Over one hundred City of Portland employees and 73 Multnomah County employees will be fired if they fail to get vaccinated against COVID-19—or receive an exemption—by Monday, the day that both governments' staff vaccine mandates goes into effect.
According to data released by the county this week, 92 percent of the county’s 5,601 employees are fully vaccinated and about 7 percent submitted an acceptable exemption. Multnomah County Chair Deborah Kafoury issued the vaccine mandate in August amid the surge of COVID cases throughout the state due to the highly contagious Delta variant.
The county originally sent notices of pending layoffs to 124 unvaccinated employees on October 1, but it appears that the threat of losing their job inspired 51 employees to get vaccinated or receive an approved exemption.
“Multnomah County cares for people in crisis,” Kafoury said in a press release Wednesday. “We work with seniors, people with disabilities, individuals in detention and with families needing health services. Our community needs to know we are doing everything we can to keep them safe and to end this pandemic.”
Following the county’s vaccine mandate, Portland’s City Commissioners issued the same ultimatum to all city employees in late August. As of October 14, 92 percent of Portland’s 6,146 city employees were vaccinated or in the process of completing their vaccine sequence. About 5 percent of the city’s employees requested an exemption to the mandate, and just over 2 percent—or 136 people—either don’t plan on getting vaccinated or have not submitted any vaccine information.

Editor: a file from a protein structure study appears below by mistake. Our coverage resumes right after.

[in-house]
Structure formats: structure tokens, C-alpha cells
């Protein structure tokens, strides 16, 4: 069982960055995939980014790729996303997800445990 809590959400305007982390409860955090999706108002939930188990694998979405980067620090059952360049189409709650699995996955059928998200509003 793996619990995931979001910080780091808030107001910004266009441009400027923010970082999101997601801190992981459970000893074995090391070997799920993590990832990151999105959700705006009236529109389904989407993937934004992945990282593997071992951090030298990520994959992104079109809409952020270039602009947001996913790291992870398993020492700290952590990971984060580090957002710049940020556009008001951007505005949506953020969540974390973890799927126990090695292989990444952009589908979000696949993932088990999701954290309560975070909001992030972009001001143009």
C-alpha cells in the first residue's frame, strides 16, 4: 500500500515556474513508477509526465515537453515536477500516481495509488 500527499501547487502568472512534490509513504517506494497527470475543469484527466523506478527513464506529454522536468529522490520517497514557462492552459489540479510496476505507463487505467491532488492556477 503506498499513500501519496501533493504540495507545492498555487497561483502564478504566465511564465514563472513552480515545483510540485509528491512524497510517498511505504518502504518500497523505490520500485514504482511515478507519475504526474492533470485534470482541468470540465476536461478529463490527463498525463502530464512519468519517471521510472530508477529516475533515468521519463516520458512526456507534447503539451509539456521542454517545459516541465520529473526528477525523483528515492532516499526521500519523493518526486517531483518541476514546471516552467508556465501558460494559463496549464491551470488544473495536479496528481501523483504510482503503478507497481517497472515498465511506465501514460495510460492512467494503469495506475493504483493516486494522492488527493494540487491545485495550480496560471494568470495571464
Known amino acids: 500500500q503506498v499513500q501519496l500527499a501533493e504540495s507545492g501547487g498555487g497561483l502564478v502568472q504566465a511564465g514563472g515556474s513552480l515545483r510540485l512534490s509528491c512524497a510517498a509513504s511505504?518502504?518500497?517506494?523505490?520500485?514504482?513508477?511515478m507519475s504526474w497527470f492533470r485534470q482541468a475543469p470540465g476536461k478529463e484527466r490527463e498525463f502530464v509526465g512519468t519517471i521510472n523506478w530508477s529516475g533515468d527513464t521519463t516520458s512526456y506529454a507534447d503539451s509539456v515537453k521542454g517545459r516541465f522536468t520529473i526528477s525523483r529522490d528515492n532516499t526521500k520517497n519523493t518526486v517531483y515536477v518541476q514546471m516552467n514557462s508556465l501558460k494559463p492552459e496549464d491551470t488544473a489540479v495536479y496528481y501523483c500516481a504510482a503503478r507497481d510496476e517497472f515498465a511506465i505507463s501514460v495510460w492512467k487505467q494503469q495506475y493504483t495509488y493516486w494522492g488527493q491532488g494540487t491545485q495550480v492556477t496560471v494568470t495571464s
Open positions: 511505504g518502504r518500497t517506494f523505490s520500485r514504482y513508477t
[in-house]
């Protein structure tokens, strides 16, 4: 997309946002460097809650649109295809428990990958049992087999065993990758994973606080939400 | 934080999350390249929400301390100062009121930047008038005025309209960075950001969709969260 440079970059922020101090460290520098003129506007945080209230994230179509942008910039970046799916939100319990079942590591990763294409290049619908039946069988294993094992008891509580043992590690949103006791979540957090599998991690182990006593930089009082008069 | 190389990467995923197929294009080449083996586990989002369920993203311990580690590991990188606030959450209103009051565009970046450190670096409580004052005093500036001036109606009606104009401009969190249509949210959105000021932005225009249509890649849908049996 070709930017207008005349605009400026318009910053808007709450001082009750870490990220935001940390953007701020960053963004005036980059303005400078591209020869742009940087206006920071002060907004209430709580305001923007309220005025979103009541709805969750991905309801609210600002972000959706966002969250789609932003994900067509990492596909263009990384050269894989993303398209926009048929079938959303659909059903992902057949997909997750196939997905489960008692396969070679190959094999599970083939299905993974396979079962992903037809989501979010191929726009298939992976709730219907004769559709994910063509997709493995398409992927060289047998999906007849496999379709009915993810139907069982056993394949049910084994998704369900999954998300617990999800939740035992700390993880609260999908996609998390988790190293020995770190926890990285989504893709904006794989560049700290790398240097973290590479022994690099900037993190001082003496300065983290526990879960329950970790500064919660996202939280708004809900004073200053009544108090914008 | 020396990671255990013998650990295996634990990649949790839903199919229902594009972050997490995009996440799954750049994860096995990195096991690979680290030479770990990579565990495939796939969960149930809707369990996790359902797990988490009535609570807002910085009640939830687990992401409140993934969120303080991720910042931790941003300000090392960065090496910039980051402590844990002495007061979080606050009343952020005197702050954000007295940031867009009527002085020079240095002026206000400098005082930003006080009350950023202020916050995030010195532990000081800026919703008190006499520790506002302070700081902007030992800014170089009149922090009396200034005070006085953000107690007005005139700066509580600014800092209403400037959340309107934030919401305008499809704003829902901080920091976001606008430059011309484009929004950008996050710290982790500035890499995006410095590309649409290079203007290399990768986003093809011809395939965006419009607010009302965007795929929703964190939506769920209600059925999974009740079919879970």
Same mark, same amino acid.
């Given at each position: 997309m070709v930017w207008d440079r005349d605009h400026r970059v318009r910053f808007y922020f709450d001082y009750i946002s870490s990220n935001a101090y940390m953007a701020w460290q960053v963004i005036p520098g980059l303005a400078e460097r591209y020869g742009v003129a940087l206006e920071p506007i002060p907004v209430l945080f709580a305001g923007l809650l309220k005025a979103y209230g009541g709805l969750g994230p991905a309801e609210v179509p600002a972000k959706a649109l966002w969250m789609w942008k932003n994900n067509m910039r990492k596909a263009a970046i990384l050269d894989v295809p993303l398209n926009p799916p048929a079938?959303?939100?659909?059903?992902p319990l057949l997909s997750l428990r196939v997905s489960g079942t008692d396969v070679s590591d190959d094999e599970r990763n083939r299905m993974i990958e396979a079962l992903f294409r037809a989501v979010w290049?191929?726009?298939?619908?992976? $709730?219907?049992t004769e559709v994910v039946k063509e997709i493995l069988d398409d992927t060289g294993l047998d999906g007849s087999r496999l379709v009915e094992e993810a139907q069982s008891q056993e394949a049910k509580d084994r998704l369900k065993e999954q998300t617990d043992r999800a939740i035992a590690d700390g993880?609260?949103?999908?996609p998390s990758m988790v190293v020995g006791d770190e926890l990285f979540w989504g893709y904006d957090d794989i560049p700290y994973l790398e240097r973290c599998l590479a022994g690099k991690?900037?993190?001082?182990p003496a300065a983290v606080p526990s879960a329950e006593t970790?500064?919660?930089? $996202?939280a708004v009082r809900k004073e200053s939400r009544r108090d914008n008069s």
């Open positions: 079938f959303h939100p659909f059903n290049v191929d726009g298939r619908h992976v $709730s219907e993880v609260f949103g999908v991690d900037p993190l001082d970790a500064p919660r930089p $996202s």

Despite being city employees, Portland Police Bureau (PPB) staff are exempt from the city requirement, due to a legal loophole in vaccination requirements (paired with pushback from PPB's union). The same exemption is allowed for county law enforcement staff with the Multnomah County Sheriffs Office.
PPB did not provide the Mercury with an estimate of how many PPB employees are vaccinated, despite the exemption.
Governor Brown’s statewide vaccine mandate for healthcare workers also goes into effect Monday. According to the most recent data from the Oregon Health Authority (OHA), 82 percent of the 41,184 healthcare workers in Multnomah County were fully vaccinated as of October 4. That’s still higher than the 80 percent vaccination rate for Multnomah County’s general population, but could trigger layoffs for several thousand healthcare workers in the county.
When the statewide vaccine mandate was announced in August, Oregon Nurses Association—a union representing more than 15,000 nurses statewide— called the move a “reasonable and sensible approach which respects the individual choices of health care workers while also protecting public health.”
Brown also called for executive branch state workers to get vaccinated by Monday, but has since reached a deal with two major public employee unions, allowing executive branch workers who have received at least one dose of the vaccine to finish their vaccination process by November 30.
Of the state’s estimated 40,000 employees, 78 percent are fully vaccinated, 9 percent have requested an exemption, and about 12 percent have not submitted proof of vaccination or requested an exemption as of October 14. A spokesperson from Brown’s office told OPB that the agreement was “a more productive path than someone not getting vaccinated at all and leaving state service.”